Guess it's up to us to ensure that we're censoring the right things. Well, us and everyone else who actually gives a shit...

Comment Backups? (Score 3, Interesting) 304

Either this is a really, really serious meltdown which completely killed not only the server but all their backups as well (and what're the chances of that?), or their IT guys have been really, really slack and just didn't make any backups...

Guess they should have used a better smartphone, like *anything* else on the market... Even the cloud-centric Pre will still work if you don't have access to the Cloud - even if Google and/or Palm dies, you'll still have all your information on your phone! Jesus... Doesn't inspire confidence...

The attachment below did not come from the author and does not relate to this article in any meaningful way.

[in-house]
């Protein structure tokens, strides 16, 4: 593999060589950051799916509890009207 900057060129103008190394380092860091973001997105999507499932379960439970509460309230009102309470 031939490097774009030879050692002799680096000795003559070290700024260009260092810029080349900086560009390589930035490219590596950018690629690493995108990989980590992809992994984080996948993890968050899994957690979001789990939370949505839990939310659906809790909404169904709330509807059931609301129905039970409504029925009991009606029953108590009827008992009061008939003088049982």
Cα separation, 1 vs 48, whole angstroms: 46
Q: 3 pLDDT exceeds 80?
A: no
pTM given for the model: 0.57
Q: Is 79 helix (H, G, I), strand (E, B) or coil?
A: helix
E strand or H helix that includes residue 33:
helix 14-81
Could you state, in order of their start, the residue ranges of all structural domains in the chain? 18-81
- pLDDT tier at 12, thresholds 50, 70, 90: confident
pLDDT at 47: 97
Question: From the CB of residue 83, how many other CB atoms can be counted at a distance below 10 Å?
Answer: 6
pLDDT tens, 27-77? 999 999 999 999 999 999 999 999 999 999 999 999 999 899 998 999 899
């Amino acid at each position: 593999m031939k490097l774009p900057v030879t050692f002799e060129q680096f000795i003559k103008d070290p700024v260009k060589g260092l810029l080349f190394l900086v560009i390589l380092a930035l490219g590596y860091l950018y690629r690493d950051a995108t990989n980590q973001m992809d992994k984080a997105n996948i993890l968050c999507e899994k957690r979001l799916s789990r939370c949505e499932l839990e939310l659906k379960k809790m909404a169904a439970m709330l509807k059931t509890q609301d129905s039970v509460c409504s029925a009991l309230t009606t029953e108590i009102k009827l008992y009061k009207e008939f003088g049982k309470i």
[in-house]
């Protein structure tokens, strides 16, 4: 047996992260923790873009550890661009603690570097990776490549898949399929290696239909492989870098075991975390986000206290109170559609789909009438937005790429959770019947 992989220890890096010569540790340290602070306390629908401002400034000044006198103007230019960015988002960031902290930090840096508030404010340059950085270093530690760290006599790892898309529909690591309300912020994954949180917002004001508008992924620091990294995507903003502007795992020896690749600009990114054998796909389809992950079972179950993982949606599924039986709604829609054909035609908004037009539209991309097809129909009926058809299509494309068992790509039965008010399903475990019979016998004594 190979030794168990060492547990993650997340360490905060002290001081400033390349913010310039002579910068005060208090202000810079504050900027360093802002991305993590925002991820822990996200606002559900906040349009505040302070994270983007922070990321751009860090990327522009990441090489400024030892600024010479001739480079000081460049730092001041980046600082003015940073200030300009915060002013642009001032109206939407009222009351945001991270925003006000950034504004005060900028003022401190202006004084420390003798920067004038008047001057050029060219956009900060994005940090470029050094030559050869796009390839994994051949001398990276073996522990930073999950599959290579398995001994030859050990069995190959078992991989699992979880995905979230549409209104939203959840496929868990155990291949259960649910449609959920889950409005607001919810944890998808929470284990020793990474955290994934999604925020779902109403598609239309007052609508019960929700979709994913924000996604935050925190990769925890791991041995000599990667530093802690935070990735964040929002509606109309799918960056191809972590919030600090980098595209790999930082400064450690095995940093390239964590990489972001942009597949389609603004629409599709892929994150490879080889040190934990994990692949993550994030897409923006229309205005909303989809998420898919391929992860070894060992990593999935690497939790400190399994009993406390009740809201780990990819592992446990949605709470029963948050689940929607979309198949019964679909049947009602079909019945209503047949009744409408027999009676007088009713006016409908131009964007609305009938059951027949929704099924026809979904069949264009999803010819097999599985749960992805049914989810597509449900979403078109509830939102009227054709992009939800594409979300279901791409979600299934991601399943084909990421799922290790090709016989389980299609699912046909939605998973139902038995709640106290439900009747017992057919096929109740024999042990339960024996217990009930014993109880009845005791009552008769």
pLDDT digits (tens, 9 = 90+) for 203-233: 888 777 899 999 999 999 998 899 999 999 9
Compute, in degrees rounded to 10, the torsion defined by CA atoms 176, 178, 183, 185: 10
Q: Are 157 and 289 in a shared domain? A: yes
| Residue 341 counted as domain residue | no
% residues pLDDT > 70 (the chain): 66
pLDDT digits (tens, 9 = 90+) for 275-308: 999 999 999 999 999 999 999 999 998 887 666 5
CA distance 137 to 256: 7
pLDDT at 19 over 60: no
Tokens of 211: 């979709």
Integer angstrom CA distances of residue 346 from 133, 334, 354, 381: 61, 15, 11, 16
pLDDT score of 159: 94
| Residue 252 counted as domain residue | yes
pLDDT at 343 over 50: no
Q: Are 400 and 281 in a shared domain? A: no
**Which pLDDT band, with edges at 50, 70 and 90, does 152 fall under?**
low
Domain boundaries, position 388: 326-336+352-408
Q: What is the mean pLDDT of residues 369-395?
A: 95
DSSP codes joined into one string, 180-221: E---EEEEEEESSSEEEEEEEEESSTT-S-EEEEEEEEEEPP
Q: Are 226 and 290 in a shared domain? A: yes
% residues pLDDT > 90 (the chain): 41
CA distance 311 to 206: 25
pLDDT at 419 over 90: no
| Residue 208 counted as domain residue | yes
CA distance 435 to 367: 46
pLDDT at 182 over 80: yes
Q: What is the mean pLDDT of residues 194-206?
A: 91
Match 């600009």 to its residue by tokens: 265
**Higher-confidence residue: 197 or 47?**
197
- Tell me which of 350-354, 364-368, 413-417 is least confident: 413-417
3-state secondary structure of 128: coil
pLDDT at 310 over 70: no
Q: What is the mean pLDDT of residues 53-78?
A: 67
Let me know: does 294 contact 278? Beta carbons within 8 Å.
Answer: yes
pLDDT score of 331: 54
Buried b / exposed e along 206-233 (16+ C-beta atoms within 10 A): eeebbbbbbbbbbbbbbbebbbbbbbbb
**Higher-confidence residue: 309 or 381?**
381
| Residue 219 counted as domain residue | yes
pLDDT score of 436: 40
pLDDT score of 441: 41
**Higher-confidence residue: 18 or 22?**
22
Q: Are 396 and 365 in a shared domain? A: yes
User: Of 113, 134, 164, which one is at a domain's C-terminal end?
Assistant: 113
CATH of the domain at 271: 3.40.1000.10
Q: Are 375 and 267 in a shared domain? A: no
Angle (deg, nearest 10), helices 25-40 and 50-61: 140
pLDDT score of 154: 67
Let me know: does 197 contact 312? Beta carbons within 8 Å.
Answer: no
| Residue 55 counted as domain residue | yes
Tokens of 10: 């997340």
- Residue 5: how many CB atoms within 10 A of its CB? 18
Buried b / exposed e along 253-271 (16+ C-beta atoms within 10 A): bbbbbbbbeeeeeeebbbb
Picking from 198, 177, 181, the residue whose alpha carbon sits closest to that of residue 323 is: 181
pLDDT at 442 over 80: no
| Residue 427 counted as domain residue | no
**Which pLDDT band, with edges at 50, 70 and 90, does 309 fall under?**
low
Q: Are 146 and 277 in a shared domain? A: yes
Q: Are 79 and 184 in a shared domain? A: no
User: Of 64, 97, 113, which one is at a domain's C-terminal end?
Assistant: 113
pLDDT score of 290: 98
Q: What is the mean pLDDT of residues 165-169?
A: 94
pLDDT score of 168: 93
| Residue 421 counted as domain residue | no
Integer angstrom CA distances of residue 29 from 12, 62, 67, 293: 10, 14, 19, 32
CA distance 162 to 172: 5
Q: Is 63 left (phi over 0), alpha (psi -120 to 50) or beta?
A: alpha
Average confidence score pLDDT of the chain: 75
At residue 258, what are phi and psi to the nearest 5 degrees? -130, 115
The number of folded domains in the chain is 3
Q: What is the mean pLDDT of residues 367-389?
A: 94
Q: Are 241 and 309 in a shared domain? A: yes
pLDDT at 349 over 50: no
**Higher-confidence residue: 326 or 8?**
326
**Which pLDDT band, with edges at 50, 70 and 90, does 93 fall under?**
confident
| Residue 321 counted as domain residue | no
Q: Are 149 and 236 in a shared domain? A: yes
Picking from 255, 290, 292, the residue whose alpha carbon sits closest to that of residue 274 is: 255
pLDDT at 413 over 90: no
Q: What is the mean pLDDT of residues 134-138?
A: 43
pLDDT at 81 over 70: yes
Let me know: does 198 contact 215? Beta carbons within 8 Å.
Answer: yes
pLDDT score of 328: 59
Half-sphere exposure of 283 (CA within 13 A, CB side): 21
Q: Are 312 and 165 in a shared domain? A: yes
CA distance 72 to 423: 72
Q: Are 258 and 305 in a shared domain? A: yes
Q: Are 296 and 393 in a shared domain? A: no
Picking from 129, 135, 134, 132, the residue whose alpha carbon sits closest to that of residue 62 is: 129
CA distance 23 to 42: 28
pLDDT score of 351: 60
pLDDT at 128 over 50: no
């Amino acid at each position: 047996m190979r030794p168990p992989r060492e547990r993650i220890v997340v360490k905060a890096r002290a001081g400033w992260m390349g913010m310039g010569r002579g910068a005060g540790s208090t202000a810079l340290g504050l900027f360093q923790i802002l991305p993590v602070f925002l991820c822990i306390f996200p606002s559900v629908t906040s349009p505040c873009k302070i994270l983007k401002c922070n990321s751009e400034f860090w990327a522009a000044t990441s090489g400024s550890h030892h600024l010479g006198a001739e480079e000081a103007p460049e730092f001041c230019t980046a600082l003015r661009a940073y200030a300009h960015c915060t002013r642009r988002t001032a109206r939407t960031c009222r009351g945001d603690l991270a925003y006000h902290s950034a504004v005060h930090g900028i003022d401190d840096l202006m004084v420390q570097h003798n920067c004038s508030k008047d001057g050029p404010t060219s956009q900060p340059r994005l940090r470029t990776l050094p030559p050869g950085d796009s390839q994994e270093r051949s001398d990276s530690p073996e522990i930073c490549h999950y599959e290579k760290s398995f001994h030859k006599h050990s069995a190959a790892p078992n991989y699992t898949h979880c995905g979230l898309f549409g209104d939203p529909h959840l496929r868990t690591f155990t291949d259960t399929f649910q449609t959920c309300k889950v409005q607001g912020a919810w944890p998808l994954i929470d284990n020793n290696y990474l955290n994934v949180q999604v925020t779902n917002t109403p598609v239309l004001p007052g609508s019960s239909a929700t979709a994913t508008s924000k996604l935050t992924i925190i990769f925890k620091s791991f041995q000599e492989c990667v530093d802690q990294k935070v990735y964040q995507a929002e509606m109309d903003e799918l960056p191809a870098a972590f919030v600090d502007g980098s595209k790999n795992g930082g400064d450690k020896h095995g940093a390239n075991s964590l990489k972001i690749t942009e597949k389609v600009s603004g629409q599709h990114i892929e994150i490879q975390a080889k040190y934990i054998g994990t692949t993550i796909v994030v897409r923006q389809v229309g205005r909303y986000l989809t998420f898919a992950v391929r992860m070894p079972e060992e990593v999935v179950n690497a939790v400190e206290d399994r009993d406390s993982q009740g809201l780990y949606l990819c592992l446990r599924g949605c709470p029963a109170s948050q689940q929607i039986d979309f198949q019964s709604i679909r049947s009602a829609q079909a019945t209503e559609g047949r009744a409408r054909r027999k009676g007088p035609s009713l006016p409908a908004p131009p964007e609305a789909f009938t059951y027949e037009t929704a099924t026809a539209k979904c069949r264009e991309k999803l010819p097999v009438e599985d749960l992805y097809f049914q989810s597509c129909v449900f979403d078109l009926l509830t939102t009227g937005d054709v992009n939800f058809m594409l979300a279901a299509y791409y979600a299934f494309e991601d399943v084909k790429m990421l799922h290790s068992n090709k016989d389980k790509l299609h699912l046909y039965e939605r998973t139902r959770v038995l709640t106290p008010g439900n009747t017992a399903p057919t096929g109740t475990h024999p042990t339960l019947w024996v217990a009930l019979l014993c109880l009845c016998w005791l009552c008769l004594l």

Comment Re:Does Brother Make Any Label Printers? (Score 1) 188

Java Printing on Linux broke at some point. Before upgrading to 9.04, try installing Java 1.6 and Java 1.5, and seeing if either of them work. If they don't, then you'll probably need to upgrade to 9.04, assuming the bug has actually been fixed. Otherwise, you're completely SOL. Some Java applications (like Eclipse) seem to bypass the Java Print API and can print, but if you're using the default Swing/AWT Print stuff, you're screwed.

The Internet

Comcast's FCC Filing Called Unfair, Not Good Enough 157